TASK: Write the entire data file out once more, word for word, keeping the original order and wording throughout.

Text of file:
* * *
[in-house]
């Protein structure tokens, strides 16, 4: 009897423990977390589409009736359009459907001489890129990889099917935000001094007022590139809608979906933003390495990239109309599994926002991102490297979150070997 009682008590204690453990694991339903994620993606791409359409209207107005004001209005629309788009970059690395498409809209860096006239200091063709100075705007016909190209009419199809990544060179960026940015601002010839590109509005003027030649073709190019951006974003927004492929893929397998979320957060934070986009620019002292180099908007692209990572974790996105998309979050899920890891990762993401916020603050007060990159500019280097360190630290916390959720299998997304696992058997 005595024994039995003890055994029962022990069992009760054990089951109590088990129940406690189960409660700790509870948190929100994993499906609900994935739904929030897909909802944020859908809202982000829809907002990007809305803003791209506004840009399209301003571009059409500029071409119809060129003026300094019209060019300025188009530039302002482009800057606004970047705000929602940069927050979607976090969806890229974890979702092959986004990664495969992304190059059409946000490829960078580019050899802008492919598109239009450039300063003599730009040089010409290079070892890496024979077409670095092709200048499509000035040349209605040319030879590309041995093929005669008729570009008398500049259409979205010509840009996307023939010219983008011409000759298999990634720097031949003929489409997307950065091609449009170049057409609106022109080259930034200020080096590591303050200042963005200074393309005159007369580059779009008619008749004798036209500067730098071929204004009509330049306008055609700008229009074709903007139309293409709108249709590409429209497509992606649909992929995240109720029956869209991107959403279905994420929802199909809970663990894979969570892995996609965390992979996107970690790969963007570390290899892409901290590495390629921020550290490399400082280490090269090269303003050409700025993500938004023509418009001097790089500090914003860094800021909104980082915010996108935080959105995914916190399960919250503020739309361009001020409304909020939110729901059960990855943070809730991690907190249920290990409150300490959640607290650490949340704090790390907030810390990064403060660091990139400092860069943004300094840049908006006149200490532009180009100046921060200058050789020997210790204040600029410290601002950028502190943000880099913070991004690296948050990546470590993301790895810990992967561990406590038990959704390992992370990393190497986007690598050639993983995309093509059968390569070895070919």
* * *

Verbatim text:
[in-house]
């Protein structure tokens, strides 16, 4: 009897423990977390589409009736359009459907001489890129990889099917935000001094007022590139809608979906933003390495990239109309599994926002991102490297979150070997 009682008590204690453990694991339903994620993606791409359409209207107005004001209005629309788009970059690395498409809209860096006239200091063709100075705007016909190209009419199809990544060179960026940015601002010839590109509005003027030649073709190019951006974003927004492929893929397998979320957060934070986009620019002292180099908007692209990572974790996105998309979050899920890891990762993401916020603050007060990159500019280097360190630290916390959720299998997304696992058997 005595024994039995003890055994029962022990069992009760054990089951109590088990129940406690189960409660700790509870948190929100994993499906609900994935739904929030897909909802944020859908809202982000829809907002990007809305803003791209506004840009399209301003571009059409500029071409119809060129003026300094019209060019300025188009530039302002482009800057606004970047705000929602940069927050979607976090969806890229974890979702092959986004990664495969992304190059059409946000490829960078580019050899802008492919598109239009450039300063003599730009040089010409290079070892890496024979077409670095092709200048499509000035040349209605040319030879590309041995093929005669008729570009008398500049259409979205010509840009996307023939010219983008011409000759298999990634720097031949003929489409997307950065091609449009170049057409609106022109080259930034200020080096590591303050200042963005200074393309005159007369580059779009008619008749004798036209500067730098071929204004009509330049306008055609700008229009074709903007139309293409709108249709590409429209497509992606649909992929995240109720029956869209991107959403279905994420929802199909809970663990894979969570892995996609965390992979996107970690790969963007570390290899892409901290590495390629921020550290490399400082280490090269090269303003050409700025993500938004023509418009001097790089500090914003860094800021909104980082915010996108935080959105995914916190399960919250503020739309361009001020409304909020939110729901059960990855943070809730991690907190249920290990409150300490959640607290650490949340704090790390907030810390990064403060660091990139400092860069943004300094840049908006006149200490532009180009100046921060200058050789020997210790204040600029410290601002950028502190943000880099913070991004690296948050990546470590993301790895810990992967561990406590038990959704390992992370990393190497986007690598050639993983995309093509059968390569070895070919």